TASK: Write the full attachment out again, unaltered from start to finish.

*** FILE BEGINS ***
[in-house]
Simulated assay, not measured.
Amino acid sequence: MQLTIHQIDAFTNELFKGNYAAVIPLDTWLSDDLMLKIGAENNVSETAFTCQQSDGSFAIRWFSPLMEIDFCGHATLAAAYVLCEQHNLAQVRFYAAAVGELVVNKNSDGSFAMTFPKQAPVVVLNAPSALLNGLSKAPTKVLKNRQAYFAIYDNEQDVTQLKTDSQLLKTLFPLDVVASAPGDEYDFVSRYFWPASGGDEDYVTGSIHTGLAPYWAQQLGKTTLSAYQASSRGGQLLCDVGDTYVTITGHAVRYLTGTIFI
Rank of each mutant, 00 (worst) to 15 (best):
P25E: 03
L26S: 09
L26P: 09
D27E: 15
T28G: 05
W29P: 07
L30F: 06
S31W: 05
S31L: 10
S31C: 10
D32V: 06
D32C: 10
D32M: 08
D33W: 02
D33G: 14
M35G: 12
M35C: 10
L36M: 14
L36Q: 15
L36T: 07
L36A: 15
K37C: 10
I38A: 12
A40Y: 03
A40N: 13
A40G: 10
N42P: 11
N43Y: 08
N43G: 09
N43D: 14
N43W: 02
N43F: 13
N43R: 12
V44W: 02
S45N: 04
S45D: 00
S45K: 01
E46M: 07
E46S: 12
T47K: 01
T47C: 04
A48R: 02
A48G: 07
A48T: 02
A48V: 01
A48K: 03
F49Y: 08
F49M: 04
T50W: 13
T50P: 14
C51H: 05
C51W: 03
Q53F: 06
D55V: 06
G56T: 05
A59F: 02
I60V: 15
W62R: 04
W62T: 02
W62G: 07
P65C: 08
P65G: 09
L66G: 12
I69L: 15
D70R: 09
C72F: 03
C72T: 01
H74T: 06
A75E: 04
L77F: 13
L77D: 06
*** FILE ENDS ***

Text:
[in-house]
Simulated assay, not measured.
Amino acid sequence: MQLTIHQIDAFTNELFKGNYAAVIPLDTWLSDDLMLKIGAENNVSETAFTCQQSDGSFAIRWFSPLMEIDFCGHATLAAAYVLCEQHNLAQVRFYAAAVGELVVNKNSDGSFAMTFPKQAPVVVLNAPSALLNGLSKAPTKVLKNRQAYFAIYDNEQDVTQLKTDSQLLKTLFPLDVVASAPGDEYDFVSRYFWPASGGDEDYVTGSIHTGLAPYWAQQLGKTTLSAYQASSRGGQLLCDVGDTYVTITGHAVRYLTGTIFI
Rank of each mutant, 00 (worst) to 15 (best):
P25E: 03
L26S: 09
L26P: 09
D27E: 15
T28G: 05
W29P: 07
L30F: 06
S31W: 05
S31L: 10
S31C: 10
D32V: 06
D32C: 10
D32M: 08
D33W: 02
D33G: 14
M35G: 12
M35C: 10
L36M: 14
L36Q: 15
L36T: 07
L36A: 15
K37C: 10
I38A: 12
A40Y: 03
A40N: 13
A40G: 10
N42P: 11
N43Y: 08
N43G: 09
N43D: 14
N43W: 02
N43F: 13
N43R: 12
V44W: 02
S45N: 04
S45D: 00
S45K: 01
E46M: 07
E46S: 12
T47K: 01
T47C: 04
A48R: 02
A48G: 07
A48T: 02
A48V: 01
A48K: 03
F49Y: 08
F49M: 04
T50W: 13
T50P: 14
C51H: 05
C51W: 03
Q53F: 06
D55V: 06
G56T: 05
A59F: 02
I60V: 15
W62R: 04
W62T: 02
W62G: 07
P65C: 08
P65G: 09
L66G: 12
I69L: 15
D70R: 09
C72F: 03
C72T: 01
H74T: 06
A75E: 04
L77F: 13
L77D: 06